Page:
Should I Pay Off My Loans with My Summer Earnings?

16 Jul

Leah Oswalt, Purdue Alum 2012

beach; text overlay: Should I Pay Off My Loans with My Summer Earnings?

It’s easy to forget about your student loan debt while you’re still in school. With tests, projects, and a social life to keep up, student loan payments don’t normally make it to the top of the priority list. However, it’s important to be aware of what those loans are really costing you now.

Borrowing money now is the easy part. It pays your tuition, your living expenses, and a night or two out with friends and all you had to do was accept it and sign an agreement to pay it back. Those thousands of dollars I borrowed? Sounds like a future problem to me!  The real fun comes once you graduate and have to start paying those loans back.

So the big questions is:  If you have extra money now, maybe money you’ve earned working during the summer, should you start making payments towards your student loans?

And the answer is….maybe. Each student’s financial standing is very different, and to understand what would work best for you, you’ll need to have a good understand of where your money is now, what it’s doing, and how much it’s costing you. Time to use some of that eighth grade arithmetic you remember so well!

Interest rates of your loans

The first step is determining how much you’ve borrowed in student loans and the current interest rates of those loans. Some student loans do not add interest until after you graduate. So while you’re in school, you owe the exact amount you borrowed. However, most loans are not so nice and add interest from the time you borrow them.

For example, a loan you borrowed for $2,000 at a 6.8% interest rate for 4 years will actually add up to over $2,500 once you graduate. Your lender, whether it is the Department of Education or a private company, will send you statements periodically listing the accrued interest, principal, and total balance. Hang onto these statements! Not only does it tell you what your current balance and accrued interest is, but it also has information about repayment options.

The reason loan interest rates are important to know is because you will need to decide the best use of your extra money today. Consider any credit card debt or any other financed item you are still paying off (car, laptop, etc.) For instance, you might have a balance on your credit card, which is charging you 17% interest each month. 17% is a lot more costly than a 6.8% interest rate, so paying the credit card balance should be a higher priority now.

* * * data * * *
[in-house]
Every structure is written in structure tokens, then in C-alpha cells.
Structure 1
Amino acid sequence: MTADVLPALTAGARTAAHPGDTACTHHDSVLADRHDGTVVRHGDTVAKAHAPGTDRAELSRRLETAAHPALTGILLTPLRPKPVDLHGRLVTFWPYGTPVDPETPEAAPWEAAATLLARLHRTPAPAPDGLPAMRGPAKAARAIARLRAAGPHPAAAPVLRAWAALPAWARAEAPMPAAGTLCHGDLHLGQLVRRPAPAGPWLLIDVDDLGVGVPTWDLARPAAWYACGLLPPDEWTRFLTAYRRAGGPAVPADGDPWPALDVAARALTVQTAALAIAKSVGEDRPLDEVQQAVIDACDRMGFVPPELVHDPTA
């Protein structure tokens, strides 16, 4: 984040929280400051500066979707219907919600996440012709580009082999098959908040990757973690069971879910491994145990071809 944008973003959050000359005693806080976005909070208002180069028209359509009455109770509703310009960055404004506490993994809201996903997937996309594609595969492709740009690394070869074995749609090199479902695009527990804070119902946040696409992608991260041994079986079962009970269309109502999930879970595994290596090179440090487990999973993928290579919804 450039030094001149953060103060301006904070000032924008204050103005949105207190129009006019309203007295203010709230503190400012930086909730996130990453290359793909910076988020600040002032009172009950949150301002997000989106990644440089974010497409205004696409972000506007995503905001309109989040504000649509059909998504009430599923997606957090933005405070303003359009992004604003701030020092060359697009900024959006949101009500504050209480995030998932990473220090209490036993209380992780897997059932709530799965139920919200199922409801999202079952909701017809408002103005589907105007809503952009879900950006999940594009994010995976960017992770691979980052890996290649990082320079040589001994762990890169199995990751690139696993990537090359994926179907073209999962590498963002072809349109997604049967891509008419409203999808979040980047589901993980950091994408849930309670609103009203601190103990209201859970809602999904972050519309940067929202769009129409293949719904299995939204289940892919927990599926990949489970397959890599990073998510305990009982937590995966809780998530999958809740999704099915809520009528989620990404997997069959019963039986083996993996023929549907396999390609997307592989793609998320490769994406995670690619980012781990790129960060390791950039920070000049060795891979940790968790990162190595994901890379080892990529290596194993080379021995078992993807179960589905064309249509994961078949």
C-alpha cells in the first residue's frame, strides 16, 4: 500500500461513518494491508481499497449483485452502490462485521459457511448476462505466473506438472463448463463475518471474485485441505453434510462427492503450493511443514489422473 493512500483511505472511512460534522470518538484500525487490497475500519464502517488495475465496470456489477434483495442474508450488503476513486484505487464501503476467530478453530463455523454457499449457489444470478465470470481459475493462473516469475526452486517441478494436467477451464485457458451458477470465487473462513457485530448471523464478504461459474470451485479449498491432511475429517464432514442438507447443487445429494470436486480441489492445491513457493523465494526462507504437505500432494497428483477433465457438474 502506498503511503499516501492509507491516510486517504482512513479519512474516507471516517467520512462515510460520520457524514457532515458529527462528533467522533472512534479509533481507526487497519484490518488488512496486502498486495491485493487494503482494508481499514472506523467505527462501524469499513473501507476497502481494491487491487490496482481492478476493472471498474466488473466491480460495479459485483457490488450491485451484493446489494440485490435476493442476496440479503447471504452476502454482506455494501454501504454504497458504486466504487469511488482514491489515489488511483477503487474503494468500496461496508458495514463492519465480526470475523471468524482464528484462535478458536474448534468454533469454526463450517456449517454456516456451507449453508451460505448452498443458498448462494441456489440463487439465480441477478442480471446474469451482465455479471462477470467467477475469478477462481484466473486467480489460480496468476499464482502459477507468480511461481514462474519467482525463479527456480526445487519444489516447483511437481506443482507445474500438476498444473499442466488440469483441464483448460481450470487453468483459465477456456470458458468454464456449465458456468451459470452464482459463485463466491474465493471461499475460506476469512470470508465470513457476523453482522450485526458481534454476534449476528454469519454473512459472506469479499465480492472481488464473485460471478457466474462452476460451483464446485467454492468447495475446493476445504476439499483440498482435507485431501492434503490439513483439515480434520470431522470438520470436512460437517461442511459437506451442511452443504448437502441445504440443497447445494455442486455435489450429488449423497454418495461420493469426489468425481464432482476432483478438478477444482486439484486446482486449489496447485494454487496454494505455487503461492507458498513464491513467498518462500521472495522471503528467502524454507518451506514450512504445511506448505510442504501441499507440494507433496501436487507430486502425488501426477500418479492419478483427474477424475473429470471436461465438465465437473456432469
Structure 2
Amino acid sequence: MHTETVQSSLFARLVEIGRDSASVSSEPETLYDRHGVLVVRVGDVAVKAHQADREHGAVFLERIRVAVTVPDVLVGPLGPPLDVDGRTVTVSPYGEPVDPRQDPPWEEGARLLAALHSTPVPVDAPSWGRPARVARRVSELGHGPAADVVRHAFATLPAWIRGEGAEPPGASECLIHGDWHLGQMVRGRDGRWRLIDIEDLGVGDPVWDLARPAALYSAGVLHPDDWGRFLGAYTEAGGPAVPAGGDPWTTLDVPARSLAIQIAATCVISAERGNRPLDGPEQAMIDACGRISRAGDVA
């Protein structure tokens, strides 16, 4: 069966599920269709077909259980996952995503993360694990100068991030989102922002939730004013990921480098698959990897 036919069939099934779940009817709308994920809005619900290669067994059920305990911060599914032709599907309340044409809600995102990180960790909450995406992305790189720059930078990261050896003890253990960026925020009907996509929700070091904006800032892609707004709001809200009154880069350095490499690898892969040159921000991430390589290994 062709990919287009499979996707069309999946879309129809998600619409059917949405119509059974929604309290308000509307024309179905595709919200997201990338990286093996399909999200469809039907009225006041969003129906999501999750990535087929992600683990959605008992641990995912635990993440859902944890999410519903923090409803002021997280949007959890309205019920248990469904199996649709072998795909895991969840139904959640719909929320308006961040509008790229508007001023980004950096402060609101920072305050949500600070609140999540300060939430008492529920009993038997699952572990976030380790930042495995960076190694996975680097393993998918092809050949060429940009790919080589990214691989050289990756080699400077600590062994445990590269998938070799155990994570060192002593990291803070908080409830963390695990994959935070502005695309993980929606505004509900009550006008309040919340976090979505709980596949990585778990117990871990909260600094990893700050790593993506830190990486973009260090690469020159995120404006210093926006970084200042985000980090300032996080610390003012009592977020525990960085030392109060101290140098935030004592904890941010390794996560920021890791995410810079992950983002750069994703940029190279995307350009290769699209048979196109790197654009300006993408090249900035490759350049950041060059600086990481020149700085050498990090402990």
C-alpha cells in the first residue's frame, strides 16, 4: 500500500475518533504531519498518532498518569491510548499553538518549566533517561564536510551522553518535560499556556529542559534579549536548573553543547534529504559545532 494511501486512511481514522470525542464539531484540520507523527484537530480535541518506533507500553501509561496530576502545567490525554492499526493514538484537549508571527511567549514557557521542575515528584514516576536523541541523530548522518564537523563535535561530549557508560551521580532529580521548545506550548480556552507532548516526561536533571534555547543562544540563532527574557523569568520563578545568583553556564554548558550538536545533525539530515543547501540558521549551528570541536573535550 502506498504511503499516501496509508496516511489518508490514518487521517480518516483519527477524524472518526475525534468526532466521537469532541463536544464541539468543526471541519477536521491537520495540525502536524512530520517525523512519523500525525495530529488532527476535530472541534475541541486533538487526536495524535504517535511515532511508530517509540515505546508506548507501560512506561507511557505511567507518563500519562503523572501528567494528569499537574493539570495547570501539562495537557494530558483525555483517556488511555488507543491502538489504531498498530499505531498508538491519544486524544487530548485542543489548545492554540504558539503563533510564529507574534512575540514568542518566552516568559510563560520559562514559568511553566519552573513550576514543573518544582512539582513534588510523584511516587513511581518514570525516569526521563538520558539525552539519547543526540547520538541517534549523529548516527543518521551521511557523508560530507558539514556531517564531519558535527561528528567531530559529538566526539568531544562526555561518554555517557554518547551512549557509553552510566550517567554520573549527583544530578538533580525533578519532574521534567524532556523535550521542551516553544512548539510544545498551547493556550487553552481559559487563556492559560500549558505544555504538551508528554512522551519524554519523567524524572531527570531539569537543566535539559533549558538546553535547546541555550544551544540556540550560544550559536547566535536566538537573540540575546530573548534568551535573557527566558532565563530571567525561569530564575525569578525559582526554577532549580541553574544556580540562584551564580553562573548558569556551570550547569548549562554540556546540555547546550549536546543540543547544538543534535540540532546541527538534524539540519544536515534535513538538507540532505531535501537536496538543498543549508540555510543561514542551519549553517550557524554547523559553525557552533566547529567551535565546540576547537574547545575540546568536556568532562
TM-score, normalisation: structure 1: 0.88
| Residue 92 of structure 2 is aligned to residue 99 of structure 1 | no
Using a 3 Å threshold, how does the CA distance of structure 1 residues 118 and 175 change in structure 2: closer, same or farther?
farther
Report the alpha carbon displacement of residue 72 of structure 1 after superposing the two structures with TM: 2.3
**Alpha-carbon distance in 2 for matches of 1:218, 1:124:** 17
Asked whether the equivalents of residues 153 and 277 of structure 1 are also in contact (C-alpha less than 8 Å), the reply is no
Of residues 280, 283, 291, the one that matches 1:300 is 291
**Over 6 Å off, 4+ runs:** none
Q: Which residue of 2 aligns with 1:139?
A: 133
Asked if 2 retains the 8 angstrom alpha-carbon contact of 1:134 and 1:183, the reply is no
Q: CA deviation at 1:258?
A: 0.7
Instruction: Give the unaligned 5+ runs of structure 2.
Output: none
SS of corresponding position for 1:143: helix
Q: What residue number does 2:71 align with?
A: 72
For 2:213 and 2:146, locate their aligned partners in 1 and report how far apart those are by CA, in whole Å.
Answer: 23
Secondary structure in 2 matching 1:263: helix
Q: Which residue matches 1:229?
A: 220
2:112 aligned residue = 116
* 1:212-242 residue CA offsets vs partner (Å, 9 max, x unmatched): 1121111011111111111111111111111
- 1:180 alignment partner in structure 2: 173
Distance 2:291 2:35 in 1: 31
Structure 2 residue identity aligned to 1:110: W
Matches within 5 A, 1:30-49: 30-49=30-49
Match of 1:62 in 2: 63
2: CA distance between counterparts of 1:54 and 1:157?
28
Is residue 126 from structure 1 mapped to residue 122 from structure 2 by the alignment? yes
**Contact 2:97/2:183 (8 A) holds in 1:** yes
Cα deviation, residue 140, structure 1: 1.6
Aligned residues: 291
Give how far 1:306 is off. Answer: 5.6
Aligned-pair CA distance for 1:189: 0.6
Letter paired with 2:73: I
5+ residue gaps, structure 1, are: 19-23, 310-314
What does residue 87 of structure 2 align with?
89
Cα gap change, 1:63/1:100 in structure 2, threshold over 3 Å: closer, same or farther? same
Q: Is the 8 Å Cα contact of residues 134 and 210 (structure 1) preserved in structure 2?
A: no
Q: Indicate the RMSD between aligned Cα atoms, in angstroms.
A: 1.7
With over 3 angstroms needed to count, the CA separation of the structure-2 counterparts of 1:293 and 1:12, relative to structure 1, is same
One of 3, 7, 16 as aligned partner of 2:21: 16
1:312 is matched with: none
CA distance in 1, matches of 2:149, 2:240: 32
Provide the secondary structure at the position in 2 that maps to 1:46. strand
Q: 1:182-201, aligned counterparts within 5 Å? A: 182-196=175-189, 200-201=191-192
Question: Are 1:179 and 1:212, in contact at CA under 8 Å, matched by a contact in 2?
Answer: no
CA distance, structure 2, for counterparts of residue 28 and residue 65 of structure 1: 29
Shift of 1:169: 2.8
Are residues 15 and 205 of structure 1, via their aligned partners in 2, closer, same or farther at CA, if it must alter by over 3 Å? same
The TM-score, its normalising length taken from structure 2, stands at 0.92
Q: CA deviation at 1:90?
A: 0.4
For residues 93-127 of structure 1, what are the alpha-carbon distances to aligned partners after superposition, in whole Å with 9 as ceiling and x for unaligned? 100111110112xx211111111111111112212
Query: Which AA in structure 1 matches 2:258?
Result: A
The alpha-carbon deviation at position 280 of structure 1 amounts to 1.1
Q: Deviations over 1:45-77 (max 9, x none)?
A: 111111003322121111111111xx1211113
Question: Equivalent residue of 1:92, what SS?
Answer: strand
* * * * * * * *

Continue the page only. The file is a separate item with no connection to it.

Will I need this money in the future?

You have to also consider your future costs and spending. If loans are offered to you at a higher interest rate in the fall semester than in past semesters, you won’t want to pay off old loans at a lower interest rate, just to borrow at the new, higher interest rate. Instead, pocket that earned money and use that to pay your tuition and living costs directly. Or maybe Grandma decided to let you borrow money for next year at a 2% interest rate. Since your old loans are costing you 6.8%, it’s a lot cheaper to hit up Grandma for money next term and use your summer earnings to make payments on that loan from last year.

A lot of your peers are in the same place you are, and most are just as new to this concept of loans and interest rates. If you feel uncomfortable or embarrassed talking to older people about this, you might learn a lot from just talking with your friends. At the same token, don’t take anyone’s word as gospel and do your homework (no pun intended) before making your decision. Regardless of how you choose to spend and save your money now, those future student loans bills will come, and they will find you. Making wise decisions now might save your future self a lot of stress induced head-banging.

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